SALT LAKE CITY — A bill that would prohibit school administrators from using seniority as a factor in layoffs passed the Senate on Friday and moves to the House.

SB73 would allow districts to consider a school's personnel needs and an employee's performance evaluation among other factors when deciding to fire someone, but not the length of time they've been employed there.

"It does prohibit the 'last hired first fired' from being the mandated policy for reduction in force," said sponsor Sen. Howard Stephenson, R-Draper.

Stephenson said such policies protect poor teachers simply because they've been around a long time.

Opponents say there needs to be provisions that would allow for seniority to be considered, since there might not be a low-performing employee at a school where a reduction in staff is necessary.

"At some point, there needs to be some objective criteria," said Geoffrey Leonard with the Utah School Employees Association.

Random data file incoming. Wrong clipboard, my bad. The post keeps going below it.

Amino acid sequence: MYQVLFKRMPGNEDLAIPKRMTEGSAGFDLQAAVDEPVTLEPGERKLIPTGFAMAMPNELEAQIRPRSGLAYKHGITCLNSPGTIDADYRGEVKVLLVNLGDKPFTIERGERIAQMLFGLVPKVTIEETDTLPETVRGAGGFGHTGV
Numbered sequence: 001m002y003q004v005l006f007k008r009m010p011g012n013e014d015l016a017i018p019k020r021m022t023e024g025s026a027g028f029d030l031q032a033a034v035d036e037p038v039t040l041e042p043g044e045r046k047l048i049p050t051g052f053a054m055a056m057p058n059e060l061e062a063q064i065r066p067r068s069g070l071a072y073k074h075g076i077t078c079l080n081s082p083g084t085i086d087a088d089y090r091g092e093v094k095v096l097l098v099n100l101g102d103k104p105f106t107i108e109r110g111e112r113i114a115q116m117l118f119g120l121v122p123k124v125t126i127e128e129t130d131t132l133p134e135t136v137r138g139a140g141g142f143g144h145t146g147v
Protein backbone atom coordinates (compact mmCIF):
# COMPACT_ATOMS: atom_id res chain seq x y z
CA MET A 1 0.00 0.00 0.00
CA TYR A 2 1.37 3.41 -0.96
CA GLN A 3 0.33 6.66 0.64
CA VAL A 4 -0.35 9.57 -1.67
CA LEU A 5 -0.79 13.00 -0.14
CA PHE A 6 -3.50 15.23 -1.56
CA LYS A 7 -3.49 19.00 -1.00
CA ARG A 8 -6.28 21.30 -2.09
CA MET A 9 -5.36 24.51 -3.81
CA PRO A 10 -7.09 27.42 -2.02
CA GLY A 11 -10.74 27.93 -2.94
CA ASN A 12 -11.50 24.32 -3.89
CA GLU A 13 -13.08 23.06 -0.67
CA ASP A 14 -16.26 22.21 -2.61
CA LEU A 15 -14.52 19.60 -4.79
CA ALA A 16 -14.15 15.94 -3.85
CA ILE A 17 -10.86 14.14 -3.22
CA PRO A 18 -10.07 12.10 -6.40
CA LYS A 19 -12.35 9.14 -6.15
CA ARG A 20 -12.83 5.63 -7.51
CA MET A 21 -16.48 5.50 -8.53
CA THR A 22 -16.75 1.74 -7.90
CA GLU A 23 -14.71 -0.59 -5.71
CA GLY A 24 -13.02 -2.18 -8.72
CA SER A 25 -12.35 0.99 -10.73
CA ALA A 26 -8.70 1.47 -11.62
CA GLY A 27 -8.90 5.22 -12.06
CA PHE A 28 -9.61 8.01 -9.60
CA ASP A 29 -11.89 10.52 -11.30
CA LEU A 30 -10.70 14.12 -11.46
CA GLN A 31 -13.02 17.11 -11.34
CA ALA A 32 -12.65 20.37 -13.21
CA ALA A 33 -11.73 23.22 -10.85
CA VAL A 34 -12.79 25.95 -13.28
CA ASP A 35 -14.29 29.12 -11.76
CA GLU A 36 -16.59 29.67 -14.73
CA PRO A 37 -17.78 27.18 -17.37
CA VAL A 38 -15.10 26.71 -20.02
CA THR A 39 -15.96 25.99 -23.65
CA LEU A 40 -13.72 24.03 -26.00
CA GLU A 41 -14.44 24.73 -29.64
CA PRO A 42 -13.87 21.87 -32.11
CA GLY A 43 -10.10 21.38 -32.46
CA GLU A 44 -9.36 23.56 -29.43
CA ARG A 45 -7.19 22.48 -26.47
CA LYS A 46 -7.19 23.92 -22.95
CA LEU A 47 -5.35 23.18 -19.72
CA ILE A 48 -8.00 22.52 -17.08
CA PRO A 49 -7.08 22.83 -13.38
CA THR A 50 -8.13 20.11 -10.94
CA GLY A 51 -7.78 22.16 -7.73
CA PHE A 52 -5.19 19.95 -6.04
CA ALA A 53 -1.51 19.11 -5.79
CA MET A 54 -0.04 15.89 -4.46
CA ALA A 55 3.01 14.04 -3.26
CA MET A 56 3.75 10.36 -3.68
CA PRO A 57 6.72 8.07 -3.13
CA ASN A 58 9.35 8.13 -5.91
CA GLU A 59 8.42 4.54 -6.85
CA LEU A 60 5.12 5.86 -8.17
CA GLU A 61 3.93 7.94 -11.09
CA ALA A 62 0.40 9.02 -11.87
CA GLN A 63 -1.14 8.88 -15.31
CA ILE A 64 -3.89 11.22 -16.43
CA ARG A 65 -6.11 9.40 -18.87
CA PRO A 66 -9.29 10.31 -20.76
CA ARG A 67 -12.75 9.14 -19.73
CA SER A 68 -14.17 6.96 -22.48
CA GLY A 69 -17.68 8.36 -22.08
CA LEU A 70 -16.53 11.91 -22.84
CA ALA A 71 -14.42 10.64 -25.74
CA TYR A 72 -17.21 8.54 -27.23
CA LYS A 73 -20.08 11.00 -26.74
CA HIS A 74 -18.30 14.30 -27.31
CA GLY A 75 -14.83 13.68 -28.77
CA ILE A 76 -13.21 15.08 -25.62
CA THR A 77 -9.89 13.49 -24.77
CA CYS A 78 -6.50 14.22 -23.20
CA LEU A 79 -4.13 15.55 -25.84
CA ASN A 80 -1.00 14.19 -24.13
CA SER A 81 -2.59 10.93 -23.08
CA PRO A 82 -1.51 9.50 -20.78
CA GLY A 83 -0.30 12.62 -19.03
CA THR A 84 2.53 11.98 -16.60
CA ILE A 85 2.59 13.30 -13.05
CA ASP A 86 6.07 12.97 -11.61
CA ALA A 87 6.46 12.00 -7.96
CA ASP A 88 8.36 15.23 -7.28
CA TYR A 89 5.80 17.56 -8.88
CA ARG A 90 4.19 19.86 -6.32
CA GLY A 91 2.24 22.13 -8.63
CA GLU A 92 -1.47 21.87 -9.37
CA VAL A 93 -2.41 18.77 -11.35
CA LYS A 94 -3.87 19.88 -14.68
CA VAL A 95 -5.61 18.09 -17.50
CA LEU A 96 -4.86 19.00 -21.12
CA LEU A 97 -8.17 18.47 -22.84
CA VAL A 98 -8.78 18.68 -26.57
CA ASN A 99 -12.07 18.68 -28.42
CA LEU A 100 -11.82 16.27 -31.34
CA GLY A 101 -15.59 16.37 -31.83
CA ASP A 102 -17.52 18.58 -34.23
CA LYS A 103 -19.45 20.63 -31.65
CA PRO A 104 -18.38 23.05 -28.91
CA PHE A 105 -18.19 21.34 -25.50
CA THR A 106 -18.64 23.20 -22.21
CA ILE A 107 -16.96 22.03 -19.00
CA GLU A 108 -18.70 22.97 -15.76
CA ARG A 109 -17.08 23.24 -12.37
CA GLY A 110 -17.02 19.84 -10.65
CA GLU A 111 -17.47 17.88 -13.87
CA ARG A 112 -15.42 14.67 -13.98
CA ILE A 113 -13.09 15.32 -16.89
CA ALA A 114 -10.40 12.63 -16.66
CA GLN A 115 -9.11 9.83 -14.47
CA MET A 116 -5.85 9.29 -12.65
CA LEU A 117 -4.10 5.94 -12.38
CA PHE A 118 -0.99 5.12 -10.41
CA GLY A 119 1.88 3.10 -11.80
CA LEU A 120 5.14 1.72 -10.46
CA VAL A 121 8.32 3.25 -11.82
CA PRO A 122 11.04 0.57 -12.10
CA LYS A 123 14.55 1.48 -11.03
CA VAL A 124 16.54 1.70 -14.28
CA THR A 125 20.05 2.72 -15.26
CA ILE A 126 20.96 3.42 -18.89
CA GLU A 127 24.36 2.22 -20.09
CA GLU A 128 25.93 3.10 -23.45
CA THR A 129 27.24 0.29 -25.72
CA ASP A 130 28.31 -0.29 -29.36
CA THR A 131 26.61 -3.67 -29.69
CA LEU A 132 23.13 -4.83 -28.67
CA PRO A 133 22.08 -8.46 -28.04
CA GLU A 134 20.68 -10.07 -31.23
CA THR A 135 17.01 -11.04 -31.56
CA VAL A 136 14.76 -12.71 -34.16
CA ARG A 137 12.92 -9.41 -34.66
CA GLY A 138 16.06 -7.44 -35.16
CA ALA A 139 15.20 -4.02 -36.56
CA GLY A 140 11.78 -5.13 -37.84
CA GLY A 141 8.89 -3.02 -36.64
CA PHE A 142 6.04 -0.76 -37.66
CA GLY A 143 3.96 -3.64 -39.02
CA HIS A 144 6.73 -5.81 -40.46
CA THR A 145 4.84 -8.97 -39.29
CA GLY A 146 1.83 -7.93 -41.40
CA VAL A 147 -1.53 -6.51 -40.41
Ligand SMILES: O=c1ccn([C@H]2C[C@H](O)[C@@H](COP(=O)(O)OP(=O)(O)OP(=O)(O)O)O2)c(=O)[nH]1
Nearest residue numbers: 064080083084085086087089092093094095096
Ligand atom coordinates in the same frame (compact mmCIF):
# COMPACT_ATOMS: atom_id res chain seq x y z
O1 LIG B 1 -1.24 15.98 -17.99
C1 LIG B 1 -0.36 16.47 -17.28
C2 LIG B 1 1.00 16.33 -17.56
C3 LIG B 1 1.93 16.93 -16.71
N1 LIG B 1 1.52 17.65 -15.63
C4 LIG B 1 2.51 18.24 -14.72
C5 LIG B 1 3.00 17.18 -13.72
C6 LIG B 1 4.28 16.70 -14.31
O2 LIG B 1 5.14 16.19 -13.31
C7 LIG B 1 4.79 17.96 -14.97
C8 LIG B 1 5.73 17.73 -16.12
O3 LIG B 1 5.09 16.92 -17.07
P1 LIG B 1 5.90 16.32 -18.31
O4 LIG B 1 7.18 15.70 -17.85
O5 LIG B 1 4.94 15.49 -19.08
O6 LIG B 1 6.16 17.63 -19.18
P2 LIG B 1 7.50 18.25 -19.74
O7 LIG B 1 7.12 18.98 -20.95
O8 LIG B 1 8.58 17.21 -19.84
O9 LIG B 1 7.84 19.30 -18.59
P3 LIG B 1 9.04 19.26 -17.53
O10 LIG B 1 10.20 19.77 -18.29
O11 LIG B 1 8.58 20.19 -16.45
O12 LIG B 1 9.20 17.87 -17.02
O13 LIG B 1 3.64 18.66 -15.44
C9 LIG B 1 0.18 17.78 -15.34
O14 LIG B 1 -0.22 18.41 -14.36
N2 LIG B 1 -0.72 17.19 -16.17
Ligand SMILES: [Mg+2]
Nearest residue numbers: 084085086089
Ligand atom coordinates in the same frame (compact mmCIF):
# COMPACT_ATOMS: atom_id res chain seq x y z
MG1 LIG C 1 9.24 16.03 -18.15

Sen. Gene Davis, D-Salt Lake, said the bill is part of a larger attack on the rights of workers.

"I just don't understand why we want to take away rights that we have given to employees," he said. "I know that this is a national movement of doing away with the rights of workers and the attempt to really diminish and destroy the middle class."

Stephenson countered, "I think there is something more important than rights of workers, and that is rights of children to receive an excellent education from the best, highest-qualified school teachers."

Stephenson's bill originally would have also allowed districts to take away career status from teachers whose students perform poorly. Career status means teachers have worked for a minimum of three to five years and can't be fired without a school providing a method for improvement and a cause for termination.

After outcry from teachers saying such a policy would create a "mass exodus" of teachers from schools with low-income children, Stephenson decided to re-examine that portion of the legislation during the interim.

The bill passed the Senate 19-6.